SANS recently posted a webcast I recorded on memory forensics. While the presentation is from early 2012, the concepts are solid and this deck was eventually expanded to the full day of memory forensics training present in the updated Forensics 508 course.
Despite being written in 2006, Chris Ries’ paper Inside Windows Rootkits is still surprisingly relevant. About the only thing missing is a discussion of new(er) x64 mitigation techniques like Kernel Mode Code Signing and Kernel Patch Protection (aka PatchGuard). Few resources have explained rootkit internals so simply. As an example, Figure 2 from the paper neatly ties together the rootkit hooking universe:
The original PDF is a little hard to find these days, but here are a couple of links:
Memoryze 3.0 is out. It supports Windows 8 x86/x64 and Windows Server 2012. Output compatible with Redline. https://t.co/4y39MKD10v
— Jamie Butler (@jamierbutler) July 24, 2013
With Memoryze 3.0, the folks at Mandiant hit their mid-summer goal to roll out memory analysis support for Windows 8 (x86 and x64) and Server 2012 (x64). While support has not yet been rolled into Redline collector scripts, data collected by Memoryze can be loaded and analyzed in the Redline interface. This is no real surprise since Memoryze is the back-end collection and analysis tool that Redline relies upon.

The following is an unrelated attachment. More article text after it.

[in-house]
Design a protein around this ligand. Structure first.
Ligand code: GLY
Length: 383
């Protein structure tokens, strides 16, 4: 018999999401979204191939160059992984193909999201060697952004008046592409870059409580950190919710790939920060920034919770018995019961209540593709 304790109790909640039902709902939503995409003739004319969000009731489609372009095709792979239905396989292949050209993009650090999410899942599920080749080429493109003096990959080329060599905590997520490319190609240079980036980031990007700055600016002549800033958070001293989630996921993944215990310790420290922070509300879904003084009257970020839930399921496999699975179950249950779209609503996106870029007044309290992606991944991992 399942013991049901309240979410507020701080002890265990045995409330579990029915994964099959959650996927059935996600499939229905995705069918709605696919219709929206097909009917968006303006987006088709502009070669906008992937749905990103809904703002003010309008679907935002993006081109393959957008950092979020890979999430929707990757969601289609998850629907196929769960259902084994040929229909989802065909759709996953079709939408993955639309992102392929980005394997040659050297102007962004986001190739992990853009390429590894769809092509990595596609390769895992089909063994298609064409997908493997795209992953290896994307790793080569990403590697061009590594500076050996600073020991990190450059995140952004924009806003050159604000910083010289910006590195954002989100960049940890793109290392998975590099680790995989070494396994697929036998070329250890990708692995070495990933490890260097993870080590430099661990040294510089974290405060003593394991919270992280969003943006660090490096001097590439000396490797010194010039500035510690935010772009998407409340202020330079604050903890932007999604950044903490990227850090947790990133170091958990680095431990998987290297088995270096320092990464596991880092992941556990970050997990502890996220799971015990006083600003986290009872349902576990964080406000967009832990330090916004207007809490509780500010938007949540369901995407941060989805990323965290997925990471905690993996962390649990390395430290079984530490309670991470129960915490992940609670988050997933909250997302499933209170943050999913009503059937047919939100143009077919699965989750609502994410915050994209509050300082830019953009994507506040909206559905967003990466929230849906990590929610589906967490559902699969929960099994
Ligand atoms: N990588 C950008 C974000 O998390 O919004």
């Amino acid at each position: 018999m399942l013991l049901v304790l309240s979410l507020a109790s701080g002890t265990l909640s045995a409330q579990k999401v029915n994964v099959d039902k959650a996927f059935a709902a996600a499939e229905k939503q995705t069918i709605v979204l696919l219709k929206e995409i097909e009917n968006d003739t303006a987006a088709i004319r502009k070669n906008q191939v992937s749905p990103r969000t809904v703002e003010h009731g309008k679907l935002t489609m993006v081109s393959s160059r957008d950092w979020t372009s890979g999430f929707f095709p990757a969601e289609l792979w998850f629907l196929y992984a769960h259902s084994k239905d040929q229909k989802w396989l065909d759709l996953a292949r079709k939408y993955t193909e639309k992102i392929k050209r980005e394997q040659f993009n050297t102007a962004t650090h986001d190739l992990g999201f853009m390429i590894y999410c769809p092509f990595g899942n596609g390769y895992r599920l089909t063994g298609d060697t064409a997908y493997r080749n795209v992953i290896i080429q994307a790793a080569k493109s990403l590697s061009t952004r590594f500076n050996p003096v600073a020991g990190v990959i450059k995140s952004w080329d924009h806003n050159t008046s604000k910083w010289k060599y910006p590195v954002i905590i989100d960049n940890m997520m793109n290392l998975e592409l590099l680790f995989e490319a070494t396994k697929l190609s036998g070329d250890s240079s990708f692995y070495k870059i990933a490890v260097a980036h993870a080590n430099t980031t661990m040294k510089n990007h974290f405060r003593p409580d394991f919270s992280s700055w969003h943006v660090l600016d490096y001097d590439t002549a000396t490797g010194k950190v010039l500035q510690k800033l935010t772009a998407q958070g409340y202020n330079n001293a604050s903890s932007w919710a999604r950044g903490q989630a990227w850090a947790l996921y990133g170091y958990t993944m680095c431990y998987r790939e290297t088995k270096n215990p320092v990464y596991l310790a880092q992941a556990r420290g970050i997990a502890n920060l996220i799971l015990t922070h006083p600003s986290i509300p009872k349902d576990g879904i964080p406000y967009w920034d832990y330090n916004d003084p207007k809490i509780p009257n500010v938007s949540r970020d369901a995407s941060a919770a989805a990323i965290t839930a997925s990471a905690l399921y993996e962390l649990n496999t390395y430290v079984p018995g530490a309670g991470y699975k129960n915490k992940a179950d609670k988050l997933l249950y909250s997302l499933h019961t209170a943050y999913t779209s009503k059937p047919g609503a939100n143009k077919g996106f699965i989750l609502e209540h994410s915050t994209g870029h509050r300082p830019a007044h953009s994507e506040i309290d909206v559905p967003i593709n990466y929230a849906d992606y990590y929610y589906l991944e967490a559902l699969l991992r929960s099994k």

You can dump Windows memory and process your memory image with the following commands (run MemoryDD.bat from a removable device and Process.bat on your forensic box): Continue Reading…
Microsoft Trustworthy Computing recently released several installments in their Targeted Attacks Video Series. While the short videos are largely low-tech, the accompanying documents provide detailed mitigation strategies. Mike Pilkington wrote an excellent review of the 282 page Best Practices for Securing Active Directory document on the SANS Forensics blog. The Mitigating Pass-the-Hash (PtH) Attacks and Other Credential Theft Techniques deck is also worth a read. Interestingly, Microsoft lists common mitigation techniques like “smart cards and multi-factor authentication” and “jump servers” as having only minimal effectiveness.
Like many of you, I have been watching the development of memory forensics over the last two years with a sense of awe. It is amazing how far the field has come since the day Chris Betz, George Garner and Robert-Jan Moral won the 2005 DFRWS forensics challenge. Of course, similar to other forensic niches, the majority of progress has been made on Windows memory forensics. There is good reason for this. Memory can be extremely fickle, with layouts and structures changing on a whim. As an example, the symbols file for Windows 7 SP1x86 is 330MB, largely due to it needing to support major changes that can occur in every service pack and patch. The fact that we have free tools such as Volatile Systems Volatility and Mandiant Redline supporting memory images of arbitrary size from (nearly) every modern version of Windows is nothing short of miraculous.